• Nutritionist

  • Personal Trainer

  • Personal Assistant

  • Recruiter

  • Travel Agent

  • Tutor

  • Therapist

Going Digital

It's only fair to include some fully digital jobs in this post about "Digital Nomad Jobs." And the truth is, so many of these used to be office jobs. And then, in the past few years, when everyone was sent home, we all collectively realized going to the office (and spending hours in traffic) wasn't necessary for something that was already entirely digital. Before you go any farther, know that my knowledge of the subjects below is almost entirely secondhand with a splash of Googling.

Code on a screen next to a keybaord in a dark room.
Programming is the same everywhere, but at least in Bali you won't be in a dark room, but some coffee hut on a beach.
  • Website Builder/Designer - Gone are the days where you'd have to furiously type away in HTML and CSS. Nowadays, people are paying others to design their website in Wix or Squarespace, all so they don't have to. Just drag, drop, and collect a paycheck. (I mean, if you do know how to code, consider creating Wordpress templates. They seem to be quite a steady source of income.)

  • UX/UI Designer - The one UX/UI (user experience/user interface) designer I know doesn't have any coding experience. He simply designs icons, scroll bars, widgets, etc. In Photoshop and sells the to the client who uses them as resources for their app. So, if you like designing eye-pleasing layouts and creating colorways, consider setting yourself up as a UX/UI designer.

  • Email Marketing Specialist - As someone who also runs an online literary and art magazine, I know how important it is to have a strong email system. This means a way to capture emails (lightboxes vs. static "sign up" pages), a way to craft emails that get across the right kind of information, and know which words make people want to open up the email, and which words make the person want to delete the email unread.

  • Social Media Manager - Posting on social media for myself is already a slog. posting on it for Only A Bag is even more so. I can't just say "here's a pretty picture" without doing some kind of research on the most viewed and hottest hashtags. If you're someone who enjoys the brief rush of endorphins that getting likes and views on social media will give you, consider finding work as a social media manager.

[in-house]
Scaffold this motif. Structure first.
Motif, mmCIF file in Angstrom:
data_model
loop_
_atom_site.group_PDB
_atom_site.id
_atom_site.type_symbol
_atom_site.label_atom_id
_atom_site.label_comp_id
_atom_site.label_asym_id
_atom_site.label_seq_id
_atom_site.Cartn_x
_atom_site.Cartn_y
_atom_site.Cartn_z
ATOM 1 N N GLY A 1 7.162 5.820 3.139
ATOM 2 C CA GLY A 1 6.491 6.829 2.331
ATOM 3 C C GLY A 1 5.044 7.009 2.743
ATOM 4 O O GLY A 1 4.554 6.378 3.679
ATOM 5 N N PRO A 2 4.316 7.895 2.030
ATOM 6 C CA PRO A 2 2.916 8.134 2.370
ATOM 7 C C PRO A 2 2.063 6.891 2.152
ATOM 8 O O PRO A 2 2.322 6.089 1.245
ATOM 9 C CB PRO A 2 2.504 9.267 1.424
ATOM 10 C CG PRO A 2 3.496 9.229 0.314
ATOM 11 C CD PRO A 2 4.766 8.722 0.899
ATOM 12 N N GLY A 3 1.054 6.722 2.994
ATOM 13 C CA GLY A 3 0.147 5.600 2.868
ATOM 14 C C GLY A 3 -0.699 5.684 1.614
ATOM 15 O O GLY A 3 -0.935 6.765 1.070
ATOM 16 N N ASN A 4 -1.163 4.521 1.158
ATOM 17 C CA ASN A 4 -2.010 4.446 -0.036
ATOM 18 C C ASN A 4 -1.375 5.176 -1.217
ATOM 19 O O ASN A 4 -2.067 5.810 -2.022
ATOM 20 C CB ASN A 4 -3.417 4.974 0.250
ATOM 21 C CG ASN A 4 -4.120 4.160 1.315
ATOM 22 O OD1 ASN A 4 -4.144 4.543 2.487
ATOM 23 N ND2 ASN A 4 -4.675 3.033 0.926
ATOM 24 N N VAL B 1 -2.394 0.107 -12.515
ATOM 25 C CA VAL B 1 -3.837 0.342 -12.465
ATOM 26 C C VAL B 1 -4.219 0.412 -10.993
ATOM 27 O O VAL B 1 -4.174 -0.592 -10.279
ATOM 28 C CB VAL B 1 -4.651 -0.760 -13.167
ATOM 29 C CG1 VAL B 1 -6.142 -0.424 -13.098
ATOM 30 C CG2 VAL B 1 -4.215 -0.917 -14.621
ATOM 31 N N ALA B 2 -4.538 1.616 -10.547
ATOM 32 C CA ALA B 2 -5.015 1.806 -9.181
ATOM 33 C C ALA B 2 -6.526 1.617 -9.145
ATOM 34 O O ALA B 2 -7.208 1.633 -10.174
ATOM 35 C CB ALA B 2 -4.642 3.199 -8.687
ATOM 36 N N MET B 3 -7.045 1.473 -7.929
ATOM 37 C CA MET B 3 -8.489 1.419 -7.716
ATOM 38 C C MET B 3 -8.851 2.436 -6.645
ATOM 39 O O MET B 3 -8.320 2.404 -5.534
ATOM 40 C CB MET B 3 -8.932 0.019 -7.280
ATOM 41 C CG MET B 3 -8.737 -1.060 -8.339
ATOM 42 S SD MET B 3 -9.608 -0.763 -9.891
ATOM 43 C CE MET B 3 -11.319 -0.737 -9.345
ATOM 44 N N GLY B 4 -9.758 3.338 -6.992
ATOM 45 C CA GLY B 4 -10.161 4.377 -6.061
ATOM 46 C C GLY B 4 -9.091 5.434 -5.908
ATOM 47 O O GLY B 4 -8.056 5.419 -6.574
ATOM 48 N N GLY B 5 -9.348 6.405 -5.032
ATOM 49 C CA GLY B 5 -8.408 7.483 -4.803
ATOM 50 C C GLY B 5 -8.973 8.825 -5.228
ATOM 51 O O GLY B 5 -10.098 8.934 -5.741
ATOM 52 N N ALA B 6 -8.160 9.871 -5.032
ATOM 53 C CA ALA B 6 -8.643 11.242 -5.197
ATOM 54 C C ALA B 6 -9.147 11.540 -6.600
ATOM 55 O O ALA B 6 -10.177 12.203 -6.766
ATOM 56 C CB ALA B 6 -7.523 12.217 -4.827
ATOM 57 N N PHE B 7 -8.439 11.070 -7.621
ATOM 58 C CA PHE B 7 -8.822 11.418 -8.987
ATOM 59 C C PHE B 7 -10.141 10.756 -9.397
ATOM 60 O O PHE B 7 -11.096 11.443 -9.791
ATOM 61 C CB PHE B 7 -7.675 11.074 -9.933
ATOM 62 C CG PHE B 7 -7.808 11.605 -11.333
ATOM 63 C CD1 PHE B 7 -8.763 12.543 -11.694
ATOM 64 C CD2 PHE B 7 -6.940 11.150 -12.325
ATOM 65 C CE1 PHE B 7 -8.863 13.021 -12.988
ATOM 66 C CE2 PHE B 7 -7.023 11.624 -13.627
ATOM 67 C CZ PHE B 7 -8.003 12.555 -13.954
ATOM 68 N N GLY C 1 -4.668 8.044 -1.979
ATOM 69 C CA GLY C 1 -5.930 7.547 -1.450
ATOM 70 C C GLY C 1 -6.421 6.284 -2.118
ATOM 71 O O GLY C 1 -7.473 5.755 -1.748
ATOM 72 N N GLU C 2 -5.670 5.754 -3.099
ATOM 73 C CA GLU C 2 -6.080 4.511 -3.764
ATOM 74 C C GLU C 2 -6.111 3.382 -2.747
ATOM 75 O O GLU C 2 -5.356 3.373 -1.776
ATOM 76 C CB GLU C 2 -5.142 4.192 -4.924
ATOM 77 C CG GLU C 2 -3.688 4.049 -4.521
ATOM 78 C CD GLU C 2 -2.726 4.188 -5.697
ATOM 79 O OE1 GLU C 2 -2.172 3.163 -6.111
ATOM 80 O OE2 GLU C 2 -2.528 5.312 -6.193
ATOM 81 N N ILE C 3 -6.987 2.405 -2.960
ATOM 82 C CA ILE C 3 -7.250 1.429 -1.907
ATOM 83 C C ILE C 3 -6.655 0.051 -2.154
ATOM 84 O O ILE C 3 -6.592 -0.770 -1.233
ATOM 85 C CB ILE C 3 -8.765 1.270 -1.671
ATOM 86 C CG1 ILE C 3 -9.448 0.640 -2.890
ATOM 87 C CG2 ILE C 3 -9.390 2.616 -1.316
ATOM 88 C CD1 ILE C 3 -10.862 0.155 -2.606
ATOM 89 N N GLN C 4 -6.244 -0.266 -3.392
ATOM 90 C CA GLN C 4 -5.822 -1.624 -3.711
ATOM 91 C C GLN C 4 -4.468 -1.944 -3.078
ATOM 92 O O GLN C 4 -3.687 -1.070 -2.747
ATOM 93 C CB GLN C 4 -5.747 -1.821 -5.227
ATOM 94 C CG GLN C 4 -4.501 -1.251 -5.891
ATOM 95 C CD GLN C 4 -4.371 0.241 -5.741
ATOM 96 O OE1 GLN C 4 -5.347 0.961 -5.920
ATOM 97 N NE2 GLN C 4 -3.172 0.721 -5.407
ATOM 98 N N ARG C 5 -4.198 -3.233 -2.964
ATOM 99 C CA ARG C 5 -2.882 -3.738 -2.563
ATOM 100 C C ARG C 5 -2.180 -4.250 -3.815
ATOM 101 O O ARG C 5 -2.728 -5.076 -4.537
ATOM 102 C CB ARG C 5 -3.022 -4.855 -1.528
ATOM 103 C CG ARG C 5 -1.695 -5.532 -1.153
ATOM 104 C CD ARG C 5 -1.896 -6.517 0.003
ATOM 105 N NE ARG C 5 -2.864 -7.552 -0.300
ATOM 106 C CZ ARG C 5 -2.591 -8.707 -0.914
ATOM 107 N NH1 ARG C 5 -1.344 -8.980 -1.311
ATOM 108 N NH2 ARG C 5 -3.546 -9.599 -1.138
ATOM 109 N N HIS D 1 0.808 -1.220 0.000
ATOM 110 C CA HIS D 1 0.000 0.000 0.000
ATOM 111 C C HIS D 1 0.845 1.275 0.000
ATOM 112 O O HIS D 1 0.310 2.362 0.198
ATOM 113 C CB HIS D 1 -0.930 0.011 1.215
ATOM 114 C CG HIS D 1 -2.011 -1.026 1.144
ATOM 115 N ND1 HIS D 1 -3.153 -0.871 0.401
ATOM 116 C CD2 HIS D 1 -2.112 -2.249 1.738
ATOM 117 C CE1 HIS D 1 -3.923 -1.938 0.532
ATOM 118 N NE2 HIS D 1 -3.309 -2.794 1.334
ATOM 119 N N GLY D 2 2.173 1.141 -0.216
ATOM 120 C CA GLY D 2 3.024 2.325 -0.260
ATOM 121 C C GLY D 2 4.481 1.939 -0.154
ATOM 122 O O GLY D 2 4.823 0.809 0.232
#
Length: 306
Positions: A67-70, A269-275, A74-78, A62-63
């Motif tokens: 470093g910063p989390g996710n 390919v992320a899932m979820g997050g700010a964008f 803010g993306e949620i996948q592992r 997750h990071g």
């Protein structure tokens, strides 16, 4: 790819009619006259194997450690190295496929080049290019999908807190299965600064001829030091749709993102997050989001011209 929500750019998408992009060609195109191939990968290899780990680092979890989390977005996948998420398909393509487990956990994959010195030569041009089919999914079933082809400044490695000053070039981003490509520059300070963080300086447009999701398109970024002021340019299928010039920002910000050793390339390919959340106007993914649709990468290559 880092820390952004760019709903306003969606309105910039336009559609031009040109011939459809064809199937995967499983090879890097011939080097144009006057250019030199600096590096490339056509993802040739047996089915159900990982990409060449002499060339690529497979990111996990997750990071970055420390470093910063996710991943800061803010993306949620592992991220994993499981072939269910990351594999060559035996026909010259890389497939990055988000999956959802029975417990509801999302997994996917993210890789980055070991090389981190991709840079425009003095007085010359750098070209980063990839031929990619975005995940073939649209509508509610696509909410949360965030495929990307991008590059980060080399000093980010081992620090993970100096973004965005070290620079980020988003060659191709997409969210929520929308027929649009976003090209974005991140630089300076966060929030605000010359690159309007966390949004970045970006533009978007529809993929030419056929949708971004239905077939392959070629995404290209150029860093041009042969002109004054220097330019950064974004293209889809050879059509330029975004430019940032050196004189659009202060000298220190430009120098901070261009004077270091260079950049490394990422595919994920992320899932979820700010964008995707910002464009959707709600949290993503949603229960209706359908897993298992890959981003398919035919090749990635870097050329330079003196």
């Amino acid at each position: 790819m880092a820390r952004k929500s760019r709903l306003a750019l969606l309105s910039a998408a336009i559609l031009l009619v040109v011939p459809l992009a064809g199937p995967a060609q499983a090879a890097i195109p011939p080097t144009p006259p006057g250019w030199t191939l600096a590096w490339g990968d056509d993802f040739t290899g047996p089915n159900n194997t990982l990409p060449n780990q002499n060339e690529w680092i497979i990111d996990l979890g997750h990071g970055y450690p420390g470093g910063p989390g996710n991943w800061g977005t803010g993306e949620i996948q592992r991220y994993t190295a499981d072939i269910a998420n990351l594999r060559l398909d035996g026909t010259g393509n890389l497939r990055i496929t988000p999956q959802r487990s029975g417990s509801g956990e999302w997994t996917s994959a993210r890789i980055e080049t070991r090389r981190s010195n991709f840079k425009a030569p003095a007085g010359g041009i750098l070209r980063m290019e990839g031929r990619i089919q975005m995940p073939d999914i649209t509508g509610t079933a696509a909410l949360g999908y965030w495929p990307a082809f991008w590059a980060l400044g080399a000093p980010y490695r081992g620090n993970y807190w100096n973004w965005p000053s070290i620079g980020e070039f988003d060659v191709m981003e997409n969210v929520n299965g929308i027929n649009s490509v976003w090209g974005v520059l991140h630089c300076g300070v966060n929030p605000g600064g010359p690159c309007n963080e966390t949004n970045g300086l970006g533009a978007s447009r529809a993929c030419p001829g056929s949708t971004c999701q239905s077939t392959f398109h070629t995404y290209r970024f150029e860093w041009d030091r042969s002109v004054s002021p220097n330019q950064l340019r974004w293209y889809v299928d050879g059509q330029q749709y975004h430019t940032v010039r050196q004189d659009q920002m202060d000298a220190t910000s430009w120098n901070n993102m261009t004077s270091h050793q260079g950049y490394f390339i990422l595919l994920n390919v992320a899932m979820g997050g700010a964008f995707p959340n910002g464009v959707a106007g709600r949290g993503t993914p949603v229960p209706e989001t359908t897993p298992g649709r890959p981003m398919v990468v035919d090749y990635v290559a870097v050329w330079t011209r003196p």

• Video Editor - This will require that you have a pretty decent laptop (unless you plan on bringing around a desktop?) and a working knowledge of some kind of editing software. however, this is one of those jobs that having a little bit of information is often all you need to get started. All of those AI-voice-generated "news" YouTube videos you see? Most of them have a human video editor. All those "faceless" YouTube channels? Edited by someone looking for experience (and a little money).

  • Programming - What more needs to be said? This is, perhaps, the most "digital nomad"ry job there is. If you haven't started, Codeacademy is your friend. I have a number of friends who started with Codeacademy and landed jobs as programmers working from home (or from the back of their van as they explore America).

  • SEO Specialist - Almost everyone I know who has a website hates the SEO side of websites. Trying to find the right mix of keywords that makes your site rank slightly higher than someone else's. The amount of times I've had people message me on Fiverr looking to have someone edit their website to be more "SEO friendly?" Lemme tell you, if I knew what I was doing, I would be far wealthier than I am today.

  • App Developer - Okay, so, I realize it's not as simple as "just, like design an app that makes money." I put this here for anyone who wanted to design an app for toher people, on websites like Upwork and Fiverr.

  • Data Entry - Somewhere out there, someone is compiling information and it needs to go into an Excel spreadsheet. Could it be automated? Maybe. Should it be? I don't know, it seems like a easy way to make a paycheck. But if you can't tell, I'm probably really underestimating the work involved.

  • Ads Specialist - I won't lie to you, this seems a little soulless. Trying to figure out what makes people tick. These people are the reason you say "cat food" near your phone and two minutes later Facebook is showing you cat food ads. They're also the people who came up with the idea for all of those Superbowl ads last year (the ones you can't even remember because they were so bland). If you think you can do a better job—trust me, you can—consider becoming an ads specialist. And it's not all about working for giant conglomerates. Small businesses that are starting to learnt hat they need to expand use ads specialist. People that can tell them which campaigns will work and which will fail.